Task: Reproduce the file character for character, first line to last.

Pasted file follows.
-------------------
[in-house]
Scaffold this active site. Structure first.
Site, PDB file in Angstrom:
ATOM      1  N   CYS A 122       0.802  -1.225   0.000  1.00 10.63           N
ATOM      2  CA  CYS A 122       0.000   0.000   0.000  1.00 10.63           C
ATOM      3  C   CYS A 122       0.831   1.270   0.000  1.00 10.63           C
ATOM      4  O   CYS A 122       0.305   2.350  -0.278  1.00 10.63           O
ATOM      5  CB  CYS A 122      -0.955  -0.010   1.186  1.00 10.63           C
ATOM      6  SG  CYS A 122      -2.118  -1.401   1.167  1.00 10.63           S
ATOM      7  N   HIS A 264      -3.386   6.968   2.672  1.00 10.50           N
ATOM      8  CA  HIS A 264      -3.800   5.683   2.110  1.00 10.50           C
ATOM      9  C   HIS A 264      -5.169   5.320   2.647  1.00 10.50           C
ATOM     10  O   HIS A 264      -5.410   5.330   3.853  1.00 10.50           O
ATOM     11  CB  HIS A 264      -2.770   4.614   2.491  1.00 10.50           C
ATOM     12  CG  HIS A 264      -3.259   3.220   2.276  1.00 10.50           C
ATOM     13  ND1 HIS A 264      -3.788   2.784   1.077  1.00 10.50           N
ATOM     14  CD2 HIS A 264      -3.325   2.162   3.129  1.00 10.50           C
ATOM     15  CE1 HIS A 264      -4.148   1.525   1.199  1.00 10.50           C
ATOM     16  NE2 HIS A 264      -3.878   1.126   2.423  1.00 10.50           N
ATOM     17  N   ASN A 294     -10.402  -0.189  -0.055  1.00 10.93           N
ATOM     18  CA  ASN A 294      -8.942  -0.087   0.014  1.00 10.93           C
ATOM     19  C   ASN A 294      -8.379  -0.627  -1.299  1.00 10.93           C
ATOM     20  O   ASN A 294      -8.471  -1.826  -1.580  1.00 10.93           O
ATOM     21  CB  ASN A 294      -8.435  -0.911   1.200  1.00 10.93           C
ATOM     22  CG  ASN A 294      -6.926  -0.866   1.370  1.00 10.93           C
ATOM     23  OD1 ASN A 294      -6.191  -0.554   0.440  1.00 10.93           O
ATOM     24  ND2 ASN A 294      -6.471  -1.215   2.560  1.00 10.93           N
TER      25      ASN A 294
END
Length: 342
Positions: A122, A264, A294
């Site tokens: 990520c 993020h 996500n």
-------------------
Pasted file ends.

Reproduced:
[in-house]
Scaffold this active site. Structure first.
Site, PDB file in Angstrom:
ATOM      1  N   CYS A 122       0.802  -1.225   0.000  1.00 10.63           N
ATOM      2  CA  CYS A 122       0.000   0.000   0.000  1.00 10.63           C
ATOM      3  C   CYS A 122       0.831   1.270   0.000  1.00 10.63           C
ATOM      4  O   CYS A 122       0.305   2.350  -0.278  1.00 10.63           O
ATOM      5  CB  CYS A 122      -0.955  -0.010   1.186  1.00 10.63           C
ATOM      6  SG  CYS A 122      -2.118  -1.401   1.167  1.00 10.63           S
ATOM      7  N   HIS A 264      -3.386   6.968   2.672  1.00 10.50           N
ATOM      8  CA  HIS A 264      -3.800   5.683   2.110  1.00 10.50           C
ATOM      9  C   HIS A 264      -5.169   5.320   2.647  1.00 10.50           C
ATOM     10  O   HIS A 264      -5.410   5.330   3.853  1.00 10.50           O
ATOM     11  CB  HIS A 264      -2.770   4.614   2.491  1.00 10.50           C
ATOM     12  CG  HIS A 264      -3.259   3.220   2.276  1.00 10.50           C
ATOM     13  ND1 HIS A 264      -3.788   2.784   1.077  1.00 10.50           N
ATOM     14  CD2 HIS A 264      -3.325   2.162   3.129  1.00 10.50           C
ATOM     15  CE1 HIS A 264      -4.148   1.525   1.199  1.00 10.50           C
ATOM     16  NE2 HIS A 264      -3.878   1.126   2.423  1.00 10.50           N
ATOM     17  N   ASN A 294     -10.402  -0.189  -0.055  1.00 10.93           N
ATOM     18  CA  ASN A 294      -8.942  -0.087   0.014  1.00 10.93           C
ATOM     19  C   ASN A 294      -8.379  -0.627  -1.299  1.00 10.93           C
ATOM     20  O   ASN A 294      -8.471  -1.826  -1.580  1.00 10.93           O
ATOM     21  CB  ASN A 294      -8.435  -0.911   1.200  1.00 10.93           C
ATOM     22  CG  ASN A 294      -6.926  -0.866   1.370  1.00 10.93           C
ATOM     23  OD1 ASN A 294      -6.191  -0.554   0.440  1.00 10.93           O
ATOM     24  ND2 ASN A 294      -6.471  -1.215   2.560  1.00 10.93           N
TER      25      ASN A 294
END
Length: 342
Positions: A122, A264, A294
């Site tokens: 990520c 993020h 996500n």